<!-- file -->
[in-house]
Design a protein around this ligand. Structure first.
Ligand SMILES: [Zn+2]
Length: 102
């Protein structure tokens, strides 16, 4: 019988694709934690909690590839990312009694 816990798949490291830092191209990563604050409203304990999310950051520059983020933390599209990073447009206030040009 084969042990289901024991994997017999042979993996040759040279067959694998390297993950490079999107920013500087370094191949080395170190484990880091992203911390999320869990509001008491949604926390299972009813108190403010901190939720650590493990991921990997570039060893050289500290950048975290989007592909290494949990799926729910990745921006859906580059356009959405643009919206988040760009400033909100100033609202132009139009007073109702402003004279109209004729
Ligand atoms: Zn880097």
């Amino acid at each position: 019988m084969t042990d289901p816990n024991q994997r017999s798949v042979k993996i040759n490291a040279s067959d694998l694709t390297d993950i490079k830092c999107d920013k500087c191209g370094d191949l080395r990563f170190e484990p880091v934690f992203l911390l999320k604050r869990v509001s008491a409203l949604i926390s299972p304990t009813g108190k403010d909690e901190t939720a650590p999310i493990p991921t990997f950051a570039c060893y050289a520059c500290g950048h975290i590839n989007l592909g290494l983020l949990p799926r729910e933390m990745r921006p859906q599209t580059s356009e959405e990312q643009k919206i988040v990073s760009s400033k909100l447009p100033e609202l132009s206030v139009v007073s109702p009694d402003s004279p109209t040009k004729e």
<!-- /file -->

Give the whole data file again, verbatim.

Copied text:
[in-house]
Design a protein around this ligand. Structure first.
Ligand SMILES: [Zn+2]
Length: 102
């Protein structure tokens, strides 16, 4: 019988694709934690909690590839990312009694 816990798949490291830092191209990563604050409203304990999310950051520059983020933390599209990073447009206030040009 084969042990289901024991994997017999042979993996040759040279067959694998390297993950490079999107920013500087370094191949080395170190484990880091992203911390999320869990509001008491949604926390299972009813108190403010901190939720650590493990991921990997570039060893050289500290950048975290989007592909290494949990799926729910990745921006859906580059356009959405643009919206988040760009400033909100100033609202132009139009007073109702402003004279109209004729
Ligand atoms: Zn880097």
């Amino acid at each position: 019988m084969t042990d289901p816990n024991q994997r017999s798949v042979k993996i040759n490291a040279s067959d694998l694709t390297d993950i490079k830092c999107d920013k500087c191209g370094d191949l080395r990563f170190e484990p880091v934690f992203l911390l999320k604050r869990v509001s008491a409203l949604i926390s299972p304990t009813g108190k403010d909690e901190t939720a650590p999310i493990p991921t990997f950051a570039c060893y050289a520059c500290g950048h975290i590839n989007l592909g290494l983020l949990p799926r729910e933390m990745r921006p859906q599209t580059s356009e959405e990312q643009k919206i988040v990073s760009s400033k909100l447009p100033e609202l132009s206030v139009v007073s109702p009694d402003s004279p109209t040009k004729e």